The buyer’s reputation within the market and its ability to close cannot be emphasized enough. Given the complexity of buying and selling institutional-quality real estate, including transactions that can take months to complete, sellers want to transact with people who have proven backgrounds and track records. All else considered equal, sellers will choose to work with the buyer/sponsor with whom they feel they can have an effective relationship throughout the duration of the transaction (and potentially, beyond).
The buyer’s equity partner may also play an important role in the process. Throughout this acquisition period, potential buyers present the opportunity to institutions whose investment criteria match the specific investment. A strong institutional partner validates both the buyer/sponsor and the investment. And it implies the ability to close.
In the end, the winning buyer/sponsor becomes the general partner of the new ownership entity, partnering with an institutional investor as limited partner.
Standing Out on a Level Playing Field
Unlike investing in smaller, more traditional rental properties where buyers are expected to conduct their own due diligence, the process for buying institutional real estate starts with a more-level playing field. Bidders are all given the same due diligence package that includes the rent roll, operating expenses, capital expenses, projected rent growth, market information and more.
What differentiates buyers, then, is the ability to analyze this information. In other words, the winning bidder will need to understand the intricate dynamics of the property’s day-to-day operations and have a keen awareness of the nuances of the local market to understand whether the rent growth assumptions are accurate or potentially inflated. This requires a certain expertise that helps some buyers stand out from the rest, and in turn, allows those buyers to be more effective operators than their peers.
How Institutional-Level Buyers Underwrite Deals
There is a time between having an offer accepted and closing on the property – which may be 30 to 60 days – known as the “due diligence” period. The due diligence that investors conduct is very sophisticated and usually requires support from many third-party consultants. These consultants perform a range of detailed studies and analyses, from property condition reports to environmental and market studies and more.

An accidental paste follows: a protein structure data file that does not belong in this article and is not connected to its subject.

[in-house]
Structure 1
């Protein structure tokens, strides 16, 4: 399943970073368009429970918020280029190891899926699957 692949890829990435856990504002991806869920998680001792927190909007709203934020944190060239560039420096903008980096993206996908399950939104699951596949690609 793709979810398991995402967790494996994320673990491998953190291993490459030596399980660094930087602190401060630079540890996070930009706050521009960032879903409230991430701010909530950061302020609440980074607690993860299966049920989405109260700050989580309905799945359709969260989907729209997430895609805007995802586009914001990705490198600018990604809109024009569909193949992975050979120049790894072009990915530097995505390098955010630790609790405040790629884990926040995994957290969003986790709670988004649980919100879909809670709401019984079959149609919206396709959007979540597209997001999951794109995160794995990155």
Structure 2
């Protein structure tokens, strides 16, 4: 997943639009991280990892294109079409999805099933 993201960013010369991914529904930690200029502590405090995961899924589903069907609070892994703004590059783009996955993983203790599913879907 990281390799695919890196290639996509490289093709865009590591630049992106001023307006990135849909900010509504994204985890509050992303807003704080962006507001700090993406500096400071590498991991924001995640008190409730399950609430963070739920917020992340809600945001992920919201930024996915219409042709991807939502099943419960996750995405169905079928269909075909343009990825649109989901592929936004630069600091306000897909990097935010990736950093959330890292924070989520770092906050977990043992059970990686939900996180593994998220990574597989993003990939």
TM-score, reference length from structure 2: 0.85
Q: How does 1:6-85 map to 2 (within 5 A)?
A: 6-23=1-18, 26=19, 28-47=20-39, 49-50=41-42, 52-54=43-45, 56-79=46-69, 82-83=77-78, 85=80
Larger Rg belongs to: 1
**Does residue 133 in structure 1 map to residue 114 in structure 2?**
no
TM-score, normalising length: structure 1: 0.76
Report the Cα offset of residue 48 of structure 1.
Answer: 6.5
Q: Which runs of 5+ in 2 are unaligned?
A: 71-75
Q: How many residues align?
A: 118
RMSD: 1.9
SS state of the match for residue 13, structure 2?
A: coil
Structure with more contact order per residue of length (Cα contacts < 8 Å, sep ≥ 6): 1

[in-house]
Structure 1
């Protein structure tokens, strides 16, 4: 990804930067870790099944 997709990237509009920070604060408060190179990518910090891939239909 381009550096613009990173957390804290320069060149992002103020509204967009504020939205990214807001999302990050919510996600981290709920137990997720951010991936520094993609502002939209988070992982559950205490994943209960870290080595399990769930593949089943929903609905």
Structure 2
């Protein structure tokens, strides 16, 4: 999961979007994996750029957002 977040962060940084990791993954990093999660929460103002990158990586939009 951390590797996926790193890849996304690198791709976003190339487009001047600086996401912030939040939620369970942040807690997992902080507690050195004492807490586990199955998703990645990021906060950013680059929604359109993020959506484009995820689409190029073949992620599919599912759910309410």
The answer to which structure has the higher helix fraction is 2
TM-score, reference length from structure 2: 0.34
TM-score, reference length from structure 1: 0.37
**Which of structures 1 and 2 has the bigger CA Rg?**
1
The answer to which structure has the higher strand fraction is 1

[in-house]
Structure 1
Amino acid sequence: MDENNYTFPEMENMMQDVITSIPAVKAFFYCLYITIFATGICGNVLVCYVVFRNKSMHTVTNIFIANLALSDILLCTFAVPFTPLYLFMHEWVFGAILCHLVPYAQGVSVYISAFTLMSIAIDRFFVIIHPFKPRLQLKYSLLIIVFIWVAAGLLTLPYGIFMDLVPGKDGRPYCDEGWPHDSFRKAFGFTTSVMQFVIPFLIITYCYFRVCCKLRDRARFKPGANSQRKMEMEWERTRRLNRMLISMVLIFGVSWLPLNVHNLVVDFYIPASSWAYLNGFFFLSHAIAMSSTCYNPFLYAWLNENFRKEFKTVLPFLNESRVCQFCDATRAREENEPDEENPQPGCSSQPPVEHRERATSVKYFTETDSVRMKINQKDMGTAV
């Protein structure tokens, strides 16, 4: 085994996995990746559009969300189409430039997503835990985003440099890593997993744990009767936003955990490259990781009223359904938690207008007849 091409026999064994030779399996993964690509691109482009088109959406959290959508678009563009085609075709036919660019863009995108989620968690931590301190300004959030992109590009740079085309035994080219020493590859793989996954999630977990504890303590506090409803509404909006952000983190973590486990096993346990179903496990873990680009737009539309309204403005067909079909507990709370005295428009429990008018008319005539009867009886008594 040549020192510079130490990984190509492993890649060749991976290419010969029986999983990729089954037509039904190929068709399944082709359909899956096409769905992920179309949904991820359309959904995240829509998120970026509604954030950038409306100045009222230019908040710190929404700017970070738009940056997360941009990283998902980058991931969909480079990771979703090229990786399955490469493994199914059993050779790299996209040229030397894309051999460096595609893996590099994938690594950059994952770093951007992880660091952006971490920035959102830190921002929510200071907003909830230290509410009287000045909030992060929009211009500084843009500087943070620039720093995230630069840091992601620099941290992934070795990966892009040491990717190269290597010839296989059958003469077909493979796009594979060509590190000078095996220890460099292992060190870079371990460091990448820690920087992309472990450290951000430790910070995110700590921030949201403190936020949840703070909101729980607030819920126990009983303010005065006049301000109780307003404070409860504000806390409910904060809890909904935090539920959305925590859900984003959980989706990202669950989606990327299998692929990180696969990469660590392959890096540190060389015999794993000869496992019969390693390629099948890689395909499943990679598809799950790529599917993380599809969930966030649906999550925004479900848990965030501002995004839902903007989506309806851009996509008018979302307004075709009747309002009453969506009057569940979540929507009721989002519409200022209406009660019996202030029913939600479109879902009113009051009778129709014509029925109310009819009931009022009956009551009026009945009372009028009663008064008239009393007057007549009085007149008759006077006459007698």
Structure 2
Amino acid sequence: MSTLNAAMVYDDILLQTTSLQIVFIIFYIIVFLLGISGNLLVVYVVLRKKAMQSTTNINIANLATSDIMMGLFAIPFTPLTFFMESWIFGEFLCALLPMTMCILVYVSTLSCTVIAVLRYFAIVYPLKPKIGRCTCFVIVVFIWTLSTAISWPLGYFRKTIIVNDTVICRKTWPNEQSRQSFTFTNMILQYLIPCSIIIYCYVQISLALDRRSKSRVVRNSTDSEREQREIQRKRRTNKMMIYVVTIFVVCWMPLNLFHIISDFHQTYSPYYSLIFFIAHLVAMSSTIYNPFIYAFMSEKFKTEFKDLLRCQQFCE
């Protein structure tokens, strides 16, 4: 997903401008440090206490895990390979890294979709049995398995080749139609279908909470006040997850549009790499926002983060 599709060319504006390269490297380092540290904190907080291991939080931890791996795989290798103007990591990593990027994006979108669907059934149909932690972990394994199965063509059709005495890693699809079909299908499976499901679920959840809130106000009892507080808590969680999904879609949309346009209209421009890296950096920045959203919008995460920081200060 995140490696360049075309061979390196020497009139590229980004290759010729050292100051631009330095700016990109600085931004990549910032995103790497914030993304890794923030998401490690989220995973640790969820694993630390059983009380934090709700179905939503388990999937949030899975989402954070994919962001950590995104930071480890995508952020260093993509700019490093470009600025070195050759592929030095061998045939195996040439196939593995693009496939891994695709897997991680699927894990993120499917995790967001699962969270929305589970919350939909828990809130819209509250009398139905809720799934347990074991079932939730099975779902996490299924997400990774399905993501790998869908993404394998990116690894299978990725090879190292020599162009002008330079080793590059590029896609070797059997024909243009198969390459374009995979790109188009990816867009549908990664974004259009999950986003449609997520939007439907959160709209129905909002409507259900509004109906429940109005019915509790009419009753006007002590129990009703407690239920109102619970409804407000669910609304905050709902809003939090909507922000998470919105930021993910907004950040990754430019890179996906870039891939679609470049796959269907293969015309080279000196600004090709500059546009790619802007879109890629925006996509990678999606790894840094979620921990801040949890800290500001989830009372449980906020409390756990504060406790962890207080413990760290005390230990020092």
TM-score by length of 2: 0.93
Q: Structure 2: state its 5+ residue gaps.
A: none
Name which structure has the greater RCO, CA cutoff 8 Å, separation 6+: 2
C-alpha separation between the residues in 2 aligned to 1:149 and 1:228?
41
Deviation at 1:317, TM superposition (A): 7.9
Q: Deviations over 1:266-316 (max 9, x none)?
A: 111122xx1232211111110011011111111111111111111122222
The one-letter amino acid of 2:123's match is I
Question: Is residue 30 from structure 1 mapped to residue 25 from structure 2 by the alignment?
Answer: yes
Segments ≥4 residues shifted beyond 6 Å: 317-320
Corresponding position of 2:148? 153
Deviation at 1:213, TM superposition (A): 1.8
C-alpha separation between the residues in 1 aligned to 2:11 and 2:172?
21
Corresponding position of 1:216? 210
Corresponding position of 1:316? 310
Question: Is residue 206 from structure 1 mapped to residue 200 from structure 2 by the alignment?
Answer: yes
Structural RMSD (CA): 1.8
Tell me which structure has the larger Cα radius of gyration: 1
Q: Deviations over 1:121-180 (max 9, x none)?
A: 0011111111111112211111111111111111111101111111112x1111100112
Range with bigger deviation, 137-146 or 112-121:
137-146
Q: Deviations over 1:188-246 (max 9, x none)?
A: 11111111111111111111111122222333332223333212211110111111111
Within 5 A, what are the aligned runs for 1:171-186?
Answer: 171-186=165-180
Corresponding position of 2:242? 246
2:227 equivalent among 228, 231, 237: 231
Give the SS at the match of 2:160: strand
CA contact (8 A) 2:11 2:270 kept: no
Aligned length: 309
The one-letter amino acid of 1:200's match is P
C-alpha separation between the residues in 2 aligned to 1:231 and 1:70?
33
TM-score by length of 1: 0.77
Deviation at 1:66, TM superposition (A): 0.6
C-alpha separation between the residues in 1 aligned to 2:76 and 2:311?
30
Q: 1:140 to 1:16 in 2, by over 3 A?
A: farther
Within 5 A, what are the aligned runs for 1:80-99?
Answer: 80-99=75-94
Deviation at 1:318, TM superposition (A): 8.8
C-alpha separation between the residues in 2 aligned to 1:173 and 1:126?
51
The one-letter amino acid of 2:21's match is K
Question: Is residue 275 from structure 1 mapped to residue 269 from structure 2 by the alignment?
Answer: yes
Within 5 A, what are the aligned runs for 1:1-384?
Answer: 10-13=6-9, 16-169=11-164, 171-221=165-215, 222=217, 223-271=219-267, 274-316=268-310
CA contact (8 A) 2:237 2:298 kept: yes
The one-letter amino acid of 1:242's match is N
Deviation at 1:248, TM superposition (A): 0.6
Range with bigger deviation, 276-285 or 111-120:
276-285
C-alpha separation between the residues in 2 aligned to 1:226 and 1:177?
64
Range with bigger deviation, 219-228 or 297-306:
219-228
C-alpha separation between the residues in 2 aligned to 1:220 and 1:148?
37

For example, multifamily investors might use thermal imaging to determine the condition of a property’s exterior. They’ll likely have the roof inspected, plumbing and electrical assessed, irrigation lines checked, etc. Most will also conduct an inspection of each individual unit, documenting the condition of all kitchens and bathrooms, verifying unit layouts and what improvements will be needed upon close. A report will be created for each unit, including pictures that will be saved to each unit’s file.
While the physical property is being inspected, the team will also be doing lease audits, lien searches, market assessments and other financial analyses. They will begin getting quotes for repairs and improvements so they have a clear understanding of these costs that can be included in the underwriting. Having these quotes in hand will help to identify any significant variances compared to the initial underwriting.
What Institutional Investors Look for in a Sponsor
Before placing funds with a sponsor/partner, institutional investors do their due diligence, not just on the acquisition, but also on the sponsor.
The sponsor’s experience is of primary importance: How many years of successful transactions can the sponsor claim? The institution also expects the sponsor to be an expert in the asset class and market: How many similar assets does the sponsor have under management?
Operational expertise in the asset class is critical to any investment. The sponsor must have the infrastructure to manage its assets on a day-to-day basis. Furthermore, the sponsor must have an asset management team to ensure the business plan is followed and investment goals are met.
Finally, the institution expects the sponsor to provide institutional-level financial reporting up to SEC standards.
As the general partner of the ownership entity, the sponsor will be entrusted with a daunting responsibility, so it goes without saying that the institution demands a history of absolute integrity and ethical business practices from its partners.
What Sponsors Look for in Institutional Investors
Not all institutional investors are appropriate for every deal. It is important that the sponsor and its institutional partner share mutual goals and expectations.
The sponsor must clearly understand the investor’s investment-return criteria. The two must agree on the investment strategy. They must be aligned in their ultimate goals for the asset.
Although significant due diligence is required among all parties involved in the purchase or sale of institutional-quality real estate, the time and resources spent on vetting each other (and the property) in advance is what helps to ensure a successful transaction.
This lengthy due-diligence process is really just one part of a larger relationship-building process. Buyers, sellers, and brokers of institutional-quality real estate get to know each other well over time. The world of institutional real estate is small. Those with an established reputation in the marketplace will be best positioned to excel.
The question then becomes, “How can an individual participate in institutional-size investments?” “With all this due diligence and vetting, how can a private investor possibly access these ‘trophy’ properties?”
The good news is that SEC rulings have opened the door. By partnering with an experienced sponsor, smaller investors can join the institutions in large, high-quality investments and enjoy the same return benefits. Institutional-quality investments are no longer limited to institutional-size investors.
Are you interested in investing in institutional-quality real estate? Contact us today to learn more about Lloyd Jones, our investment track record, and the platform we have available to investors.